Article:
In 1999, Australia conducted its largest taxpayer-funded focus group – the referendum on a republic. Voting in the referendum was compulsory with 95.1 per cent of Australians eligible to vote doing so. In contrast, the 2017 Australian Marriage Law Postal Survey, which had optional voting, had a 79.5 per cent participation rate.
The result of the republic referendum was a decisive 54.87 per cent vote ‘No’. Every state recorded a majority for ‘No’. The outcome could not be explained in terms of party loyalties or ideological terms such as ‘Left’ and ‘Right’.
None of the major parties adopted an official position and analysis suggested that the results could be explained by where people lived. For example, in Victoria the four electorates with the highest ‘Yes’ votes were Kooyong and Higgins, both safe Liberal seats, and Melbourne and Melbourne Ports (now McNamara), then both safe Labor seats. In Queensland only two electorates voted ‘Yes’ — Ryan which was a safe Liberal seat, and Brisbane which was safe for Labor. A national analysis generates a similar picture – 42 of the then 148 electorates that voted ‘Yes’ were predominately in affluent, inner-metropolitan areas.
The 1999 referendum result was a harbinger of what was to come globally. Brexit, the rise of Donald Trump, and the inability of the French establishment to suppress the ‘gilets janunes’ (Yellow Vests) and Marine Le Pen should not have come as a surprise.
In Australia, the referendum results revealed the nature of the intellectual and political classes, who overwhelmingly inhabit the inner-metropolitan suburbs. Also, they exposed a lack of awareness within the major political parties, who could not accept that in the post-communist world, that Australia had divided into two nations.
Consequently, almost a quarter of a century later, the 2022 federal election results form a bookend to that nationwide focus group. Both Labor and the Coalition are now starkly confronted with an uncomfortable new political reality: a collapsing primary vote and an insurgency of Greens and various Independent MPs.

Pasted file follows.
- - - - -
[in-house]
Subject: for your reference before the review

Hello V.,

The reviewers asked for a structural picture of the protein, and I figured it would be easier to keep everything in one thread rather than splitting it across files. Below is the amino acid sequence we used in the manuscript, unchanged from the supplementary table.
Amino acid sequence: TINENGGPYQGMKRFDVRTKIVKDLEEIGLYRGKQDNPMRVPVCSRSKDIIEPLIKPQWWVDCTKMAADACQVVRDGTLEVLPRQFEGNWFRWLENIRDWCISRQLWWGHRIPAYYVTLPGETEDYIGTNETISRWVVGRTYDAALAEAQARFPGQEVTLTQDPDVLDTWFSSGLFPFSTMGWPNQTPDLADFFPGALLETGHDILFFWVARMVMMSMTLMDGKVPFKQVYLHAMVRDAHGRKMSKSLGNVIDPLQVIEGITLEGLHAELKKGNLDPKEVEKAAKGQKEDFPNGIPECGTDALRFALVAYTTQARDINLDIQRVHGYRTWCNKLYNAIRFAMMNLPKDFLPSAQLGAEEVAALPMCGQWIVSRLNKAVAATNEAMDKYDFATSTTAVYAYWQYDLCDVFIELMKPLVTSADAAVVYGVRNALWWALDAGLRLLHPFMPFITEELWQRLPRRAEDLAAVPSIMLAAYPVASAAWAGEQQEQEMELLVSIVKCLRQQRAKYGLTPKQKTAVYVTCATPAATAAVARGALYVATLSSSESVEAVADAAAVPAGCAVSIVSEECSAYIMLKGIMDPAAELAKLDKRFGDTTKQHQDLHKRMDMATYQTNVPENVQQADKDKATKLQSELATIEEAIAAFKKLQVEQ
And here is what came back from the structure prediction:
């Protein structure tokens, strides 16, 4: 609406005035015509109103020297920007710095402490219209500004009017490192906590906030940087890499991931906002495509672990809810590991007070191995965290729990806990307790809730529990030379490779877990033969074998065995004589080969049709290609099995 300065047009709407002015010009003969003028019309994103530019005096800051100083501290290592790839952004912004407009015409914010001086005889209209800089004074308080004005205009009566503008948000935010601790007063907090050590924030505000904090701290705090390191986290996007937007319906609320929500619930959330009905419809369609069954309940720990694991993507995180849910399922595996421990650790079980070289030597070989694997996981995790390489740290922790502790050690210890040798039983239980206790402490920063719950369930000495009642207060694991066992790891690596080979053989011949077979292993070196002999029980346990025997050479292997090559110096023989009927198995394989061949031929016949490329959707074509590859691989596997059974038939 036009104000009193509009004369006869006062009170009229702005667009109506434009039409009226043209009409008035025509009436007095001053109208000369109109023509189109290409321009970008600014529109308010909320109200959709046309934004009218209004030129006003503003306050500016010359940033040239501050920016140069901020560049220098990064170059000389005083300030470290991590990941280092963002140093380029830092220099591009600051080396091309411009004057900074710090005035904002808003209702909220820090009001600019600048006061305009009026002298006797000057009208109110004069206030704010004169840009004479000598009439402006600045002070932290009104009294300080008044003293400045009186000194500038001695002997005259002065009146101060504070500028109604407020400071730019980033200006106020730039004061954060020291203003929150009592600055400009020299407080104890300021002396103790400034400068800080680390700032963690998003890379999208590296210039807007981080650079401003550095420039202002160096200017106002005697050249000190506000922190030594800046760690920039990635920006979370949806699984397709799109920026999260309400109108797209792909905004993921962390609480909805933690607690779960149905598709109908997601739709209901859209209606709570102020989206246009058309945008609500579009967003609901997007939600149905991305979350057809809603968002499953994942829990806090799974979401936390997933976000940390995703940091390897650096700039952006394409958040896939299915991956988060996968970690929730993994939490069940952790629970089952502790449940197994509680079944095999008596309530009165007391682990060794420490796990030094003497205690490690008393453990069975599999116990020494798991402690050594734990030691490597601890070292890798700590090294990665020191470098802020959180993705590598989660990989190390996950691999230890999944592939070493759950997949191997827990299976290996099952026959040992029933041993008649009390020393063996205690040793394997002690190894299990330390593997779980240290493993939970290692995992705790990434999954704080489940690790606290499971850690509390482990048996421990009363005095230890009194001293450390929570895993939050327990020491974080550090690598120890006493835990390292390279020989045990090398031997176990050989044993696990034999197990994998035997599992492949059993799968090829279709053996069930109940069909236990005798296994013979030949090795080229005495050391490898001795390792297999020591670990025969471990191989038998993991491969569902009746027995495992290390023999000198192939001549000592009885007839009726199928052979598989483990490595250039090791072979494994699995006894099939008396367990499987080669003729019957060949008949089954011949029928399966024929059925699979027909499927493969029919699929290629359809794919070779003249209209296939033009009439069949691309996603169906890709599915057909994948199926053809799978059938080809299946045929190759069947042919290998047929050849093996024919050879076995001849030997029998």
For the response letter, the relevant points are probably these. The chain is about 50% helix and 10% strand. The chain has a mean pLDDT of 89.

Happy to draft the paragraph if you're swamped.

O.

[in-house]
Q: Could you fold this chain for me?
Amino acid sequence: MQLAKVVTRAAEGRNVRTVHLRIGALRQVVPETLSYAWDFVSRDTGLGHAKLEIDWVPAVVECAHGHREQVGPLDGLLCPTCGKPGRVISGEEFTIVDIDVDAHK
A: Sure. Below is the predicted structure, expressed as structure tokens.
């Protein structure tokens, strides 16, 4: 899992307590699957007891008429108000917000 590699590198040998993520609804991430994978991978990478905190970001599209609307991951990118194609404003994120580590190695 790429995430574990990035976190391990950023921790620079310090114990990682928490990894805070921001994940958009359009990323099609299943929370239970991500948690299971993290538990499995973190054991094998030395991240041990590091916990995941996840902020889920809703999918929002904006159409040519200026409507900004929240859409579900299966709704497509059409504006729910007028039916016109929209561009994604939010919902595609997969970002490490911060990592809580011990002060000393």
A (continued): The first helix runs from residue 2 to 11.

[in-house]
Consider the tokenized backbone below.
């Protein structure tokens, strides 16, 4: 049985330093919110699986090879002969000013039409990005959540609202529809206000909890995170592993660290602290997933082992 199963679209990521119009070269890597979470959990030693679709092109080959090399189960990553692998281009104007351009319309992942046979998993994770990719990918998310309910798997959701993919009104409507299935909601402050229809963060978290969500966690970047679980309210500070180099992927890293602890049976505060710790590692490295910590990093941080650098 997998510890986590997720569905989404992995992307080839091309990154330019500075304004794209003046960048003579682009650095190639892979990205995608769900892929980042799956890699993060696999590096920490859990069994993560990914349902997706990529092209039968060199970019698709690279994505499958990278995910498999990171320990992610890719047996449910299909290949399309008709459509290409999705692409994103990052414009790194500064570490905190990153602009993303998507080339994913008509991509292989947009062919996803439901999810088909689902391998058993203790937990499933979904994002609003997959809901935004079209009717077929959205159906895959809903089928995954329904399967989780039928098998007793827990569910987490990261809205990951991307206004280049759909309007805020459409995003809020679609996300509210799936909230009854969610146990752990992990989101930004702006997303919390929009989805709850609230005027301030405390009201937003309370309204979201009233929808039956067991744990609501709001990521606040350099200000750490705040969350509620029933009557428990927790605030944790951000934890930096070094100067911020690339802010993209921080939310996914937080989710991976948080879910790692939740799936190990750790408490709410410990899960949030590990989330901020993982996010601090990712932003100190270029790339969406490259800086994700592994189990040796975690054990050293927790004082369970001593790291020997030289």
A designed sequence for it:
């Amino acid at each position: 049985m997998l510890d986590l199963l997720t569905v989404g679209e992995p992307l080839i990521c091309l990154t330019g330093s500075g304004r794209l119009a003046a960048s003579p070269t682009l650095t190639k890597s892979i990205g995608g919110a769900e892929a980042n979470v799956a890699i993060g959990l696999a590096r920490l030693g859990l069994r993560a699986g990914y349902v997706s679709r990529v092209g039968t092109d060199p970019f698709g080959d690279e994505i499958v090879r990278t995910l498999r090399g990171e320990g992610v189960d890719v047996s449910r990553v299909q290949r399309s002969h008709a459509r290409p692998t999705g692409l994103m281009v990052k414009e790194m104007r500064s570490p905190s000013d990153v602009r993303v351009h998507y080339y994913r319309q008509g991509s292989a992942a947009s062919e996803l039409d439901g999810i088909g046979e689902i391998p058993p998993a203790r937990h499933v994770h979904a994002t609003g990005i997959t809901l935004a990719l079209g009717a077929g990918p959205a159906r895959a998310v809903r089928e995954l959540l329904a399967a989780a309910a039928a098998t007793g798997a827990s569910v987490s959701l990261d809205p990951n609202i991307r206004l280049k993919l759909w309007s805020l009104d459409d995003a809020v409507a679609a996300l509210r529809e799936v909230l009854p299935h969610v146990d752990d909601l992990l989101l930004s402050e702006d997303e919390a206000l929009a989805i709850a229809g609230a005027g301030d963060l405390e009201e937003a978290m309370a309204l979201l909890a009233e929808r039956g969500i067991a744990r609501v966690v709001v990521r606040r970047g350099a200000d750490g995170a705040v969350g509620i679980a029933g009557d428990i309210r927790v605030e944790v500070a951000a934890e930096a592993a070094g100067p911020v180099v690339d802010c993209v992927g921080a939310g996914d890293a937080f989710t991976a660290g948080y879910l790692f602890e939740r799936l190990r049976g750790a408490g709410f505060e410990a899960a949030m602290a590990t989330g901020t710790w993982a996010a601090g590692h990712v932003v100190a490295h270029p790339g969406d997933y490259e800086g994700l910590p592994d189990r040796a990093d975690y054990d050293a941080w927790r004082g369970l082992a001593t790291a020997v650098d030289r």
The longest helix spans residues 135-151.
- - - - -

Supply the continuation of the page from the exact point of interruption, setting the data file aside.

Two Nations and the 2004 federal election
The Liberal Party’s drafting of the Australian Republican Movement’s leader, Malcolm Turnbull, who blamed John Howard for ‘breaking the nation’s heart’, was a manifestation of the obstinacy of the elites.
Turnbull made a substantial contribution to the philosophical quagmire that the Liberals have created for themselves. One politician who saw the philosophical challenges of the future was Mark Latham who, even before he became Labor leader, said this in 2002:
For the past decade, the Left has been debating globalisation as an economic event when, in fact, its main political impact has been cultural… With the end of the Cold War, the effectiveness of this approach has expired.
A starting point is to rethink the political spectrum, to move beyond notions of Left and Right…
…it is possible to identify two distinctive political cultures in Australia. The powerful centre of our society, concentrated in the international heart of the major cities, talks a different language to suburban communities. In lifestyle and political values, they are poles apart.
At the social centre, people tend to take a tourist’s view of the world. They travel extensively, eat-out and buy-in domestic help. The cultural challenges of globalisation are seen as an opportunity, a chance to develop further one’s identity and information skills…